We wandered through the throngs of difference in downtown Berkeley—old and young, punk and granola, homeless and wealthy, tidy and filthy. I bought my little guy a bagel and a homeless woman some orange juice. I helped my Butterbean understand when he pointed out a man’s brightly colored, patchwork pocketed pants that no, those weren’t dirty and old pants, those are art. The young man wearing those carefully-crafted and well-worn pants (and the shirt with the large hole and the many face piercings and the giant chip on his shoulder) smiled at me and thanked me. I explained quietly to Butter that we can always talk later about what we see, but that talking about how somebody looks isn’t polite because it might make them feel bad even if we’re just curious. Then the impeccably-groomed college student getting Butter his bagel asked if I was aware that I had a small child on my back and I made them both laugh by trying to look behind me, asking, “Where?! Where?!” with great concern.

I carried my little carbohydrate fiend past a police barricade because I never saw it, focused instead on humanity today, making eye contact and noticing how simultaneously disjointed and alive the city felt. A stocky  man with a small face moved into my path and gently gestured, “stop, head back, cross, and go around” as he told me softly that the street was closed and he’d prefer that I please head back to an intersection and cross. I barely noticed his neon yellow vest and police uniform but I clearly saw his shiny apple cheeks and his wide brown eyes. I spun around and headed back, passing the barricade I’d missed. A few feet away from the barrier an unshaven man dressed all in black slumped into a corner and ran his hand through his unwashed grey hair as he said to me, “dead person.”

I looked at him and he looked at his fingernails.

Oh.

And I thought about that choice of words. Not “body.” Person. I thought about that reality and the half a block of thick public concrete and red curbs and parking meters and tall, caged trees blocked off for private police use. I noticed that the homeless were clustered in groups of four on every corner for blocks in both directions. This might have been a suicide or a homicide but was likely the routine expiration of a homeless neighbor from exposure or malnutrition or unresolved medical issues.

And they were aware—the police and the acquaintances. And I was now vaguely aware, but not really. And my preschooler was not aware. That’s true of much of life, isn’t it, that there’s a spectrum of connection and awareness. The circle of those you know and the wider circle of those you know less well overlap the circles of awareness borne of age and experience. Exposed lives versus sheltered lives versus young lives? That’s not the right way to define awareness. Because we know a homeless family with two small children. Do their kids know all the things these homeless adults do? Probably not. Are they witness to the street version of life or the child version of life or something in between?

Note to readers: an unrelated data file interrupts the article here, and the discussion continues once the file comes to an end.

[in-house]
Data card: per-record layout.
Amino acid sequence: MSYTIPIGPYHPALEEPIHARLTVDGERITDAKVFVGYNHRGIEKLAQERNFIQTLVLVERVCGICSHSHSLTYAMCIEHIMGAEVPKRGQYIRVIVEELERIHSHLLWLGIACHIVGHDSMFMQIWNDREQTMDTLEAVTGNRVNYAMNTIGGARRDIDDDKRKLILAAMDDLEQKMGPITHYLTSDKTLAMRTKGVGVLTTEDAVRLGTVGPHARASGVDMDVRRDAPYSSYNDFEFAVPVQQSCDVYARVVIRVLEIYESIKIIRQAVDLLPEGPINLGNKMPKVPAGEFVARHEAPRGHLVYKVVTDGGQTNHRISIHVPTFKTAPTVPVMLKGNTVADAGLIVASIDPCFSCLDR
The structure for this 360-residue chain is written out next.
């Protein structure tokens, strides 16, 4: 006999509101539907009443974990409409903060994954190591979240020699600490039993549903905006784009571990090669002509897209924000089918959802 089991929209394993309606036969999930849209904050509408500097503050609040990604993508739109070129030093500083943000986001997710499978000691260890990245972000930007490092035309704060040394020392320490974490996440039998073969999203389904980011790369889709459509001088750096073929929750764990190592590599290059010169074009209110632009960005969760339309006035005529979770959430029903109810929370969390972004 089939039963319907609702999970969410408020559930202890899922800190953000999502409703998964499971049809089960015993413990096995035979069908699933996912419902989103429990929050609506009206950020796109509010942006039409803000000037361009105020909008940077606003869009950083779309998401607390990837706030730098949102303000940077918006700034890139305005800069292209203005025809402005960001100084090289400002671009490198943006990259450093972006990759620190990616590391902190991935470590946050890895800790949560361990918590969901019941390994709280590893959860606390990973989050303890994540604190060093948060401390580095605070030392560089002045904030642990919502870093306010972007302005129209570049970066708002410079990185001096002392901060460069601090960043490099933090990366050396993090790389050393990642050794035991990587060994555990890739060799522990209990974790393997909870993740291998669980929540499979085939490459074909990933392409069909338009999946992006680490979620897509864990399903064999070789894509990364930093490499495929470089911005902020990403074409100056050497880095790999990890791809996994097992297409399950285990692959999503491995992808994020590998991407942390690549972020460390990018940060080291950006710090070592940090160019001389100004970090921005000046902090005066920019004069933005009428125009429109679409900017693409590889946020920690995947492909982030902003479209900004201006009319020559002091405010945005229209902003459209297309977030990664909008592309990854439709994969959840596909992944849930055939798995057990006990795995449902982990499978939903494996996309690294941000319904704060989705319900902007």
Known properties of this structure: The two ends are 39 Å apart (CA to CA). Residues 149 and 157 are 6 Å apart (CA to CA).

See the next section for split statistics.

My friend’s impending death won’t attract yellow police tape or the private use of a public space or gawking passersby. But his friends are gathered, too, communing. Huddled in support, not on street corners and not out of curiosity.

Today was a process of going, not unlike other days. Movement, journey, development. The day progressed and everything with a heartbeat did, too, whether the breathing and blinking felt like progress or not. And for some reason my progress today involved connection. Looking into eyes, gently touching arms as I passed, smiling. And asking questions. I stopped to ask the work crew what their truck was called (never seen a drilling rig with a mud rotor and never knew soil samples were taken this way). I asked the Goodwill clerk why they don’t sell baby gates to keep kittens out of handi-accessible bathrooms and whether she had enough help keeping the store as nice as she does (liability, and no, but she’s glad I noticed how hard she works). I asked the security guard outside Bank of America if there was actually any threat to BofA or if they were still making a statement about the lengthy Occupy Wall Street protests (not allowed to talk about security issues but have a nice day). I asked my back-bound lump of Butter what he thought about the varied art we saw in store windows.